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[31] wing; one ditto, mounted to the right of the magazine to command the ditch of the main work. In the right wing are mounted three 32-pounders, making a total of twenty-three guns. There are also, in the covered way leading to the shell-room and magazine, about two hundred and fifty X-inch, one hundred Viii-inch shells, some loaded and fixed with sabots and straps; fifty 42-pounder shot, fifty boxes (four shell in each) rifled VI-inch shell of three patterns; three hundred Viii-inch and VI-inch canister, rammers, sponges, primers, and tools of all descriptions. The magazine door, being locked, was not entered.

Fort Beauregard, on Bay Point, has four faces, upon which guns are mounted, each face looking on the water, and each gun so mounted as to command the water approach to Broad and Beaufort Rivers. The guns are thirteen in number, of the following sizes: five 32-pounders; one rifled VI-inch, new (gun burst and carriage entirely destroyed); five sea-coast guns, 42-pounders, long and very heavy, all in good order; one X-inch columbiad, weight 13,226 pounds (spiked and loaded); one Viii-inch columbiad, in good order. There is also, upon each flank of the main work, at a distance of about one hundred and fifty yards from it, a small work, built to command the land approach along the beach, as well as the channel abreast. Upon the outer works on the left flank are mounted two 24-pounders. Upon the outer works on the right flank are mounted three 32-pounders. Within the fort are also two field-pieces, VI-pounders, old Spanish pattern, making, in all, twenty pieces of ordnance. Within the fort was found a great amount of ammunition scattered about in disorder. In the shell-room were several hundred shells, filled and fused for the various sizes of guns. The magazine is filled with powder, put in cylinders ready for use; the powder appears to be of most excellent quality. There are two furnaces for heating shot, both filled with shot, some of them partly melted. The ammunition-chests are nearly full of powder. In a pool of water in the rear large quantities of ammunition are lying, where it was thrown by the enemy before retreating.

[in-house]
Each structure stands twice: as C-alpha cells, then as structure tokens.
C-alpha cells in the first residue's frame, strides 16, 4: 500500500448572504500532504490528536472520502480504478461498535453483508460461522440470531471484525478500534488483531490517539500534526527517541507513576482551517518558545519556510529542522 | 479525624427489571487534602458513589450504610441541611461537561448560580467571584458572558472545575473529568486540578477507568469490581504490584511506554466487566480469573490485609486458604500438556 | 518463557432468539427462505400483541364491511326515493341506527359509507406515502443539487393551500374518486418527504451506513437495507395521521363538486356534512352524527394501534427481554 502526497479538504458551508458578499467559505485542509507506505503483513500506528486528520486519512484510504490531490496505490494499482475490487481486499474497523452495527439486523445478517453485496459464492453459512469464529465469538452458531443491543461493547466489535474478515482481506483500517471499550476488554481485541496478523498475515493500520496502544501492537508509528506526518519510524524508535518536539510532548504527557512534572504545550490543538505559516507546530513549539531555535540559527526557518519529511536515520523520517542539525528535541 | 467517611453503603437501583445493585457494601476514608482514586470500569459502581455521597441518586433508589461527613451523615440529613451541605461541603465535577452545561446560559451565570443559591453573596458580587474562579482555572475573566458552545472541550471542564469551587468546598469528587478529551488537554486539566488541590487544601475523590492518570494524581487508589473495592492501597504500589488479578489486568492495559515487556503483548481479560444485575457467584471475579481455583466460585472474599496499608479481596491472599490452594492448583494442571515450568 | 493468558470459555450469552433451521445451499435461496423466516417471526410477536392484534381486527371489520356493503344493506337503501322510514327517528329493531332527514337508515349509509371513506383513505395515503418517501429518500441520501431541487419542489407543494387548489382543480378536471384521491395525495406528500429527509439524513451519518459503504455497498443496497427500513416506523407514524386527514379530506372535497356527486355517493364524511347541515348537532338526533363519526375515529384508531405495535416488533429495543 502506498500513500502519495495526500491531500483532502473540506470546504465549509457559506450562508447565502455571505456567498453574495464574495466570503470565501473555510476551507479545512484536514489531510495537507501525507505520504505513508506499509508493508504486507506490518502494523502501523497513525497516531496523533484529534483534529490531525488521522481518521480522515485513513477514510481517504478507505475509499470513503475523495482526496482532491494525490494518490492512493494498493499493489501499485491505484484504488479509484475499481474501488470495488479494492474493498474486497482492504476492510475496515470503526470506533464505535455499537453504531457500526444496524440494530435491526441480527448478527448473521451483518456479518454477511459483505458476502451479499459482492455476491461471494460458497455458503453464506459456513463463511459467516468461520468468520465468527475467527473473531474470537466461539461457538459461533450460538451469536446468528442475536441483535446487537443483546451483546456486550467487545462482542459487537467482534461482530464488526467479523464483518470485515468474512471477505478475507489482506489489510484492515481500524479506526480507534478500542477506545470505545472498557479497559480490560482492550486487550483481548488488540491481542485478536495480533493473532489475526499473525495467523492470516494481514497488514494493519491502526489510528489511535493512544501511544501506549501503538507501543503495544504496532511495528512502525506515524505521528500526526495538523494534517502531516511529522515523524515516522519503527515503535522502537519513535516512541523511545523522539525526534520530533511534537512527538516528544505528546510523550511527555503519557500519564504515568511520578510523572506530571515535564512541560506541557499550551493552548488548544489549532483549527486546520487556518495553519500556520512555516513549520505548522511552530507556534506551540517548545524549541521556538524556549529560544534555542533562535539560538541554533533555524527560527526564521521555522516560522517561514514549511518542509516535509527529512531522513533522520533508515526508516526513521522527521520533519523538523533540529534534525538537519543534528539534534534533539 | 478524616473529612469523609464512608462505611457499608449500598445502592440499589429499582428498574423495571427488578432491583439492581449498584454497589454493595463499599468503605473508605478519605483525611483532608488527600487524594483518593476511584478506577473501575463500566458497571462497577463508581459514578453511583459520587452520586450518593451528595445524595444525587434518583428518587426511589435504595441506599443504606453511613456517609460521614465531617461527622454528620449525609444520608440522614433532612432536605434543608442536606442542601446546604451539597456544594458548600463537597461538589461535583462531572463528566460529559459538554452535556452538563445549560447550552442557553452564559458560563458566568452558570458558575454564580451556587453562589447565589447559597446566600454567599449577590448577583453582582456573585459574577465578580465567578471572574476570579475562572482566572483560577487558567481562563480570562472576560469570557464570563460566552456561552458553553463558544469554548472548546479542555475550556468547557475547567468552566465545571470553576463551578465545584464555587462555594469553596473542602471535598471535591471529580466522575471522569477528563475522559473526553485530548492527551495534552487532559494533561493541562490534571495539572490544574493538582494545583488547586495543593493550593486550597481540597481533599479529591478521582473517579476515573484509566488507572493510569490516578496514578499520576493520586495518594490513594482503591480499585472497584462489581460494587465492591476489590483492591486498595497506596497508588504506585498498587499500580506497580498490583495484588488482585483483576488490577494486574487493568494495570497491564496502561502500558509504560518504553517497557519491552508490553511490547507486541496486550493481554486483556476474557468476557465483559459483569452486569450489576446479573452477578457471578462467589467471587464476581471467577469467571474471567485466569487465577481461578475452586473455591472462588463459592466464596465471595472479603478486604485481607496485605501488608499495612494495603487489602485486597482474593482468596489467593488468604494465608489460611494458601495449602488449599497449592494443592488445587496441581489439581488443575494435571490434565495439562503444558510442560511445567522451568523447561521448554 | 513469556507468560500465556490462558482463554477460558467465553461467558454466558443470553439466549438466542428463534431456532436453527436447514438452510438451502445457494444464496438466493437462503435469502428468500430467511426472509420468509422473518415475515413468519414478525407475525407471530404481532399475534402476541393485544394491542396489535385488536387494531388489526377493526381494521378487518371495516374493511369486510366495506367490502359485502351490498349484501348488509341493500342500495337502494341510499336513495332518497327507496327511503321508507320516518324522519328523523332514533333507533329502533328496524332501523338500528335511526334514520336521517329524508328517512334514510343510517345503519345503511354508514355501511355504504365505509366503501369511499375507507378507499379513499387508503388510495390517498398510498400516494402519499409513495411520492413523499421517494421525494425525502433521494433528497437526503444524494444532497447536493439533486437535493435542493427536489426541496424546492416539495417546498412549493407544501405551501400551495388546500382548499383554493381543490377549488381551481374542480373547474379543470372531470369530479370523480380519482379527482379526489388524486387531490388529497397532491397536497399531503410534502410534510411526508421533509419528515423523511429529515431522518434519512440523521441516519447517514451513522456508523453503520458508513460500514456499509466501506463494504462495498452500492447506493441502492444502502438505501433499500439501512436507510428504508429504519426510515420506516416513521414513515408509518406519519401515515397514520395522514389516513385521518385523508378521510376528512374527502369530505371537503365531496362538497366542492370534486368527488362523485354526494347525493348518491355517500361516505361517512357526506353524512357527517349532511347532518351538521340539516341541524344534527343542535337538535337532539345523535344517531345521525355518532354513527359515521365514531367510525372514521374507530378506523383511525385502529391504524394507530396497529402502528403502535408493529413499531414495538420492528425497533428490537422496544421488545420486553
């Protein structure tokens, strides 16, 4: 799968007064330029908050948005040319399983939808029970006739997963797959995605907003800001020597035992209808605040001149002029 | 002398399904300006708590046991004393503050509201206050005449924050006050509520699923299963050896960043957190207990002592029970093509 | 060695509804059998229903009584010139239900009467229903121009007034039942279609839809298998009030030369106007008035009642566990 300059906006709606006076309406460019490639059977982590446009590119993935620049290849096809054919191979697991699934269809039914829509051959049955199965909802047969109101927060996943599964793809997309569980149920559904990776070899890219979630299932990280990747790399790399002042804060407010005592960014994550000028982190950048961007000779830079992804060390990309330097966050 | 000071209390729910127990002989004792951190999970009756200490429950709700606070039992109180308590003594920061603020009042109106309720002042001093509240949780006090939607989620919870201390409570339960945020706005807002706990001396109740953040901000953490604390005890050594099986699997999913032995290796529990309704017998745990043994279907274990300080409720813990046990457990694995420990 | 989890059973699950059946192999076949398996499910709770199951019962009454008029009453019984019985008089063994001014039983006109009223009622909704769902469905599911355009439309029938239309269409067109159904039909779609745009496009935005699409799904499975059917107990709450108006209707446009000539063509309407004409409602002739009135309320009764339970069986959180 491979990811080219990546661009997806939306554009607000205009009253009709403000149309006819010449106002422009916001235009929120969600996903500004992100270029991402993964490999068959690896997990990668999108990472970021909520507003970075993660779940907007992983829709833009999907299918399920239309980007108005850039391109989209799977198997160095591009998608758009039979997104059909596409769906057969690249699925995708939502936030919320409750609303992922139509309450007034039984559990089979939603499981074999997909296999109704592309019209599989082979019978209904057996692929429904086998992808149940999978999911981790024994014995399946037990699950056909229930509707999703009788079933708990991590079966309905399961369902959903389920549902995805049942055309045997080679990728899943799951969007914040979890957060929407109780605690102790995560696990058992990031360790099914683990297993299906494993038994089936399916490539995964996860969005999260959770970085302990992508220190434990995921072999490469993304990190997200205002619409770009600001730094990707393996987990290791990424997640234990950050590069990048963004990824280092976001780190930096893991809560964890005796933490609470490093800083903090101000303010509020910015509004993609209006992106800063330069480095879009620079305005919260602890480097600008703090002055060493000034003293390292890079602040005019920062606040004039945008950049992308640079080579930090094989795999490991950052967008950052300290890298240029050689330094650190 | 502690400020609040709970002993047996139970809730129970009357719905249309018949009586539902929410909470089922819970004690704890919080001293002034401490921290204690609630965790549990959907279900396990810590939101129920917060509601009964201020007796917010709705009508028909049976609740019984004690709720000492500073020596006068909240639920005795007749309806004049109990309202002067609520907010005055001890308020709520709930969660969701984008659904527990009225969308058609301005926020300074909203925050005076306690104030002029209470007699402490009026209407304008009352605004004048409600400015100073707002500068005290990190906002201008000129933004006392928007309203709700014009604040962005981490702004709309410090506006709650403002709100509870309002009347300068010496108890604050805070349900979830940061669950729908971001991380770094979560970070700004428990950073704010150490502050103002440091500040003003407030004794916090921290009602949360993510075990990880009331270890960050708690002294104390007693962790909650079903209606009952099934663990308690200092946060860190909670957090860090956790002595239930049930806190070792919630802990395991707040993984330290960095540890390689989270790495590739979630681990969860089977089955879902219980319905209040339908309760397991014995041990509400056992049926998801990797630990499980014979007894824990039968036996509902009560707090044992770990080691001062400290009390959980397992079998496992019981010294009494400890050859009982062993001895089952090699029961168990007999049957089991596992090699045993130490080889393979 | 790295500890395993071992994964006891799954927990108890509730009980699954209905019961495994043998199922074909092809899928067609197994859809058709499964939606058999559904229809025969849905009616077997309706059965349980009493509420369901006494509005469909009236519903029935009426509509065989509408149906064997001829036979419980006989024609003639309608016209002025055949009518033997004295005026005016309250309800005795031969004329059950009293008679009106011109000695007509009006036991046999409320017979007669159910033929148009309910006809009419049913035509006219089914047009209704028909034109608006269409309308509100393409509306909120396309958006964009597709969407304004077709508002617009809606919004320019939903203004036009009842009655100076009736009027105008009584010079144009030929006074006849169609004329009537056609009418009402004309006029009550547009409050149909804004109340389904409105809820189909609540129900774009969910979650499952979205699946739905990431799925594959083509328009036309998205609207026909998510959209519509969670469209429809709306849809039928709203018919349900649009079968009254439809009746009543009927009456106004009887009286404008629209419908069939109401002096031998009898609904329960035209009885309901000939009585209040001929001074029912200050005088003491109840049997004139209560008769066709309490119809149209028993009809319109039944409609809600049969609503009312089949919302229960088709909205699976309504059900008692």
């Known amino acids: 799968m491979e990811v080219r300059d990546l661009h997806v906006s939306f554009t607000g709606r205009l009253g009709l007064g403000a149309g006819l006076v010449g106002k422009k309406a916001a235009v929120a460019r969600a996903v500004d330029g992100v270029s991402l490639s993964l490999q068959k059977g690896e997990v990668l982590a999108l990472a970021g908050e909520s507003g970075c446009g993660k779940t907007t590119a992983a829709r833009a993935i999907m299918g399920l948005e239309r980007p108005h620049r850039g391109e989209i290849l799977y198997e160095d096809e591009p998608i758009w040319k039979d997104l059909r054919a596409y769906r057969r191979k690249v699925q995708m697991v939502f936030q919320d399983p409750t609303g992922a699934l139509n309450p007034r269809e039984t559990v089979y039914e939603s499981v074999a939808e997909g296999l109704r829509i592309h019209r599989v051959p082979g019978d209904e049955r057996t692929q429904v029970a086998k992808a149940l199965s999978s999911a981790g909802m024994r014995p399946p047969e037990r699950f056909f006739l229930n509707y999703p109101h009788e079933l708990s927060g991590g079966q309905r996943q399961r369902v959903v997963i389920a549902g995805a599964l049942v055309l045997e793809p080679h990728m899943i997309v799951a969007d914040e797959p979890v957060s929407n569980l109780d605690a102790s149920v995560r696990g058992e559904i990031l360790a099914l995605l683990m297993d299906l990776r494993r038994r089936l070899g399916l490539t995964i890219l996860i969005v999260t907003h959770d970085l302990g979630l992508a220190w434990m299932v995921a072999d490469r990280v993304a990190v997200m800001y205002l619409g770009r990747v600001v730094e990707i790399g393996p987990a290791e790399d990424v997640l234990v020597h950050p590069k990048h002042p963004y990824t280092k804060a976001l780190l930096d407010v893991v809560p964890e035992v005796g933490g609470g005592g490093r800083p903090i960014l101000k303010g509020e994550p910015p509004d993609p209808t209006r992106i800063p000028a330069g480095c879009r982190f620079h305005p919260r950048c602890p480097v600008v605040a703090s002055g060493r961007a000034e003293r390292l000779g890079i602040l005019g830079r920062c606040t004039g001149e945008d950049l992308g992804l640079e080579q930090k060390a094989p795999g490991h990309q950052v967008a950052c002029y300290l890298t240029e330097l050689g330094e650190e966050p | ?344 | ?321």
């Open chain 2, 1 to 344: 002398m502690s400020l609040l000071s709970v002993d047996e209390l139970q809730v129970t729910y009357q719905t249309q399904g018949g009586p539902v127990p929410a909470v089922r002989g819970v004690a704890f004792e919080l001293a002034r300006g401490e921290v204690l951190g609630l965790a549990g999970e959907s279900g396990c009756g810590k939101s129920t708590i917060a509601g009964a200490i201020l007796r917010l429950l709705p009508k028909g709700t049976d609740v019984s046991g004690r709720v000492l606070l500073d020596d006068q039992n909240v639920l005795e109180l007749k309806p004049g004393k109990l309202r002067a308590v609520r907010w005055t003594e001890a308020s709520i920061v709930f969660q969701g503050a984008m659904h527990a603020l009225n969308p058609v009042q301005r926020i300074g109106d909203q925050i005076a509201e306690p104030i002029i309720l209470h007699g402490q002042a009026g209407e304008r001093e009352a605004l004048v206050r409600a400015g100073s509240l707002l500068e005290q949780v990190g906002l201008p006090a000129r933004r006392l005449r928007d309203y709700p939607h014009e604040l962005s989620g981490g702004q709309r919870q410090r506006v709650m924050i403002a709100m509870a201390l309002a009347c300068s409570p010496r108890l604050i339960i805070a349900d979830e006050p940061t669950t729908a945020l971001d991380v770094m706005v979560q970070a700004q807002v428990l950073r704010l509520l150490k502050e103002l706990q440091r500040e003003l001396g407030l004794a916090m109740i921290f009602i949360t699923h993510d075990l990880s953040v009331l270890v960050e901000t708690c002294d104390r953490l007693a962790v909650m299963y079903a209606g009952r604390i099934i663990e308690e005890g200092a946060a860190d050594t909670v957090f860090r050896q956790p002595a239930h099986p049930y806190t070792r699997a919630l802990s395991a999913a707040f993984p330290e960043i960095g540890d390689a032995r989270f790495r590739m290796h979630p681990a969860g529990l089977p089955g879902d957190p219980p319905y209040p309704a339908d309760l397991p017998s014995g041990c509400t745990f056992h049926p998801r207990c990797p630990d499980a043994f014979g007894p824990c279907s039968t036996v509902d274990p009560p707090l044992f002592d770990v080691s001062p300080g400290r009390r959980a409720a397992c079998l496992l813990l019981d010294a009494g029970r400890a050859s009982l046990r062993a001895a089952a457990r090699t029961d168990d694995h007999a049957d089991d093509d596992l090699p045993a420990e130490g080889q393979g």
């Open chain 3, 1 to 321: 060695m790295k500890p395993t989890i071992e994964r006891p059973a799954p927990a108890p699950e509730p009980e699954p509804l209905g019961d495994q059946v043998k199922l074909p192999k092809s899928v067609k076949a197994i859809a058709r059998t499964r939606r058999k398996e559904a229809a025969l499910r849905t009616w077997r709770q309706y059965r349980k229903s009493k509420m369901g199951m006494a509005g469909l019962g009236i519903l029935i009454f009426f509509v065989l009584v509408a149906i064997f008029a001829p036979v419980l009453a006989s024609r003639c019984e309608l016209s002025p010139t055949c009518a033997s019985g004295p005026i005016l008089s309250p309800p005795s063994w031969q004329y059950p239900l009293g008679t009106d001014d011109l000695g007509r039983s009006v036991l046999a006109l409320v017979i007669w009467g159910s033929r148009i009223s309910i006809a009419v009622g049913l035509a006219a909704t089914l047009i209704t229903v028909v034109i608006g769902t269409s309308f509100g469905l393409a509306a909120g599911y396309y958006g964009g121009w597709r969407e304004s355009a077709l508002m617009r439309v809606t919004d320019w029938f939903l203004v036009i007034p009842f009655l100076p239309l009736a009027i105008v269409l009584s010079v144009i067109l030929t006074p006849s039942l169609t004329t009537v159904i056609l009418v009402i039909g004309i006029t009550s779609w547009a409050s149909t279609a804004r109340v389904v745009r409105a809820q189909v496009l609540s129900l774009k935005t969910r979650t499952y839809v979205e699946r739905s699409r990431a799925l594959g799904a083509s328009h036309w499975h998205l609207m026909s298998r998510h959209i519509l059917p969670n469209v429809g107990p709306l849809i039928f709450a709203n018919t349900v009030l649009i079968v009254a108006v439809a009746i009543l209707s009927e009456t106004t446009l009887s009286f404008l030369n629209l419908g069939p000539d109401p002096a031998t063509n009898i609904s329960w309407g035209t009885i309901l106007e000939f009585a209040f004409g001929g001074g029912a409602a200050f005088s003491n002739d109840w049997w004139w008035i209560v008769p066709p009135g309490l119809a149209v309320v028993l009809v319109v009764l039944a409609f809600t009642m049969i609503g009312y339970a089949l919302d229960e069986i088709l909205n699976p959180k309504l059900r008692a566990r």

At Braddock's Point, at the far end of Hilton Head Island, the enemy abandoned one X-inch columbiad and two 5 1/2-inch rifled guns, and near the wharf, in retreat, left two fine 12-pounder bronze howitzers.

In the attempted defence of these works General Drayton

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Percival Drayton (1)
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